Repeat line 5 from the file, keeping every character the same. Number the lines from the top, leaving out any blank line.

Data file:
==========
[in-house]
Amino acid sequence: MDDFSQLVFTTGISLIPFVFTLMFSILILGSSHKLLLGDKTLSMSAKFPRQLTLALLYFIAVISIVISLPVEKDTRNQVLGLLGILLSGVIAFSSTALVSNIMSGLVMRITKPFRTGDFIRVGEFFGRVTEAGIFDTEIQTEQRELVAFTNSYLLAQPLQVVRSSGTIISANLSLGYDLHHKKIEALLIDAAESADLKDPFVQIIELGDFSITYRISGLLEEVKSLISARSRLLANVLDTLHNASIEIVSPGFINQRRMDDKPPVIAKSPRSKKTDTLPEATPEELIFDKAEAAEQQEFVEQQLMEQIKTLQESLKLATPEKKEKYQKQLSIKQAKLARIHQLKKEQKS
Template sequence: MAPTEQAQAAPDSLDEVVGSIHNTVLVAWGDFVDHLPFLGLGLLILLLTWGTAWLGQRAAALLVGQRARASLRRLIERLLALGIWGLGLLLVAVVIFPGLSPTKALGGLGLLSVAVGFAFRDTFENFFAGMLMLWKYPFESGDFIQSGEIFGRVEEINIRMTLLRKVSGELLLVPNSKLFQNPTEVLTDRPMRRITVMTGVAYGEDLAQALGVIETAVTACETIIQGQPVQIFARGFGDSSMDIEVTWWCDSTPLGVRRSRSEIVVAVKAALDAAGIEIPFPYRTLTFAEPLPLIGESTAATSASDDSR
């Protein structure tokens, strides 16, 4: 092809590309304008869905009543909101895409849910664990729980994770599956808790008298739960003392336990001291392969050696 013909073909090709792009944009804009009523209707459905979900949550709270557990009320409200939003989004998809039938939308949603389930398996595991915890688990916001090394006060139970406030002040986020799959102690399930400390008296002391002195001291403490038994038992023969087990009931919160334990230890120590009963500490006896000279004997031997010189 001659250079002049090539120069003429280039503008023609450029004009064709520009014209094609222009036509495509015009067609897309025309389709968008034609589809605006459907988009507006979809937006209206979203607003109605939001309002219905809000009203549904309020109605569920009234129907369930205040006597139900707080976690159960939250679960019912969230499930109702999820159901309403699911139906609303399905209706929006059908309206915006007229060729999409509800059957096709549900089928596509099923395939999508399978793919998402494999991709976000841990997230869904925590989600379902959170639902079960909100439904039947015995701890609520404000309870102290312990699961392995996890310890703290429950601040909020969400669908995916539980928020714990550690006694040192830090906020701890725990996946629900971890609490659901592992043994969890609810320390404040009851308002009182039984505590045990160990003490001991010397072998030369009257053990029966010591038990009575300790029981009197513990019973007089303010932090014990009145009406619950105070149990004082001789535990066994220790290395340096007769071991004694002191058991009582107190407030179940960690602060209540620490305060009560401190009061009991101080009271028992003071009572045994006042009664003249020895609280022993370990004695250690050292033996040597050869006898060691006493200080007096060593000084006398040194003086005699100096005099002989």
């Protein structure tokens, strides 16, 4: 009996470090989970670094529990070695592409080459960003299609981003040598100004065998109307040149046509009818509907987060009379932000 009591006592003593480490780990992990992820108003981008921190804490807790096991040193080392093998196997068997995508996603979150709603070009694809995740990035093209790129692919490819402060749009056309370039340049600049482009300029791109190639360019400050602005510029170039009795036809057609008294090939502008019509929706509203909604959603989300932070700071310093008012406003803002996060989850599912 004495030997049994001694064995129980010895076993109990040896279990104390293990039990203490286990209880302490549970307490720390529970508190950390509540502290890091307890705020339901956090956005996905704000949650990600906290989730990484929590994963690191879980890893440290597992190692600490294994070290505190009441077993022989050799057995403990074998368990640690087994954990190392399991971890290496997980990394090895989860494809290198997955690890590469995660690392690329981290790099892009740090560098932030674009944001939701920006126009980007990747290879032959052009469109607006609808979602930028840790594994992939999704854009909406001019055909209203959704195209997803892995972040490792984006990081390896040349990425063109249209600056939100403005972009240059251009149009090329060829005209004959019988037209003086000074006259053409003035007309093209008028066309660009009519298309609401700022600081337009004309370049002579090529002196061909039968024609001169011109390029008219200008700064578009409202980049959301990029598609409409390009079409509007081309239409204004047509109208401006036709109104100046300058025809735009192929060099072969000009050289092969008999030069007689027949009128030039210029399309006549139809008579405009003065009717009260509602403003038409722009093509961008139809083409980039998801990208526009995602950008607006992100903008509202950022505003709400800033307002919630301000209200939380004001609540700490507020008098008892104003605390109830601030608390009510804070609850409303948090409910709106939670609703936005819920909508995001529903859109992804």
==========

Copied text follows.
């Protein structure tokens, strides 16, 4: 009996470090989970670094529990070695592409080459960003299609981003040598100004065998109307040149046509009818509907987060009379932000 009591006592003593480490780990992990992820108003981008921190804490807790096991040193080392093998196997068997995508996603979150709603070009694809995740990035093209790129692919490819402060749009056309370039340049600049482009300029791109190639360019400050602005510029170039009795036809057609008294090939502008019509929706509203909604959603989300932070700071310093008012406003803002996060989850599912 004495030997049994001694064995129980010895076993109990040896279990104390293990039990203490286990209880302490549970307490720390529970508190950390509540502290890091307890705020339901956090956005996905704000949650990600906290989730990484929590994963690191879980890893440290597992190692600490294994070290505190009441077993022989050799057995403990074998368990640690087994954990190392399991971890290496997980990394090895989860494809290198997955690890590469995660690392690329981290790099892009740090560098932030674009944001939701920006126009980007990747290879032959052009469109607006609808979602930028840790594994992939999704854009909406001019055909209203959704195209997803892995972040490792984006990081390896040349990425063109249209600056939100403005972009240059251009149009090329060829005209004959019988037209003086000074006259053409003035007309093209008028066309660009009519298309609401700022600081337009004309370049002579090529002196061909039968024609001169011109390029008219200008700064578009409202980049959301990029598609409409390009079409509007081309239409204004047509109208401006036709109104100046300058025809735009192929060099072969000009050289092969008999030069007689027949009128030039210029399309006549139809008579405009003065009717009260509602403003038409722009093509961008139809083409980039998801990208526009995602950008607006992100903008509202950022505003709400800033307002919630301000209200939380004001609540700490507020008098008892104003605390109830601030608390009510804070609850409303948090409910709106939670609703936005819920909508995001529903859109992804």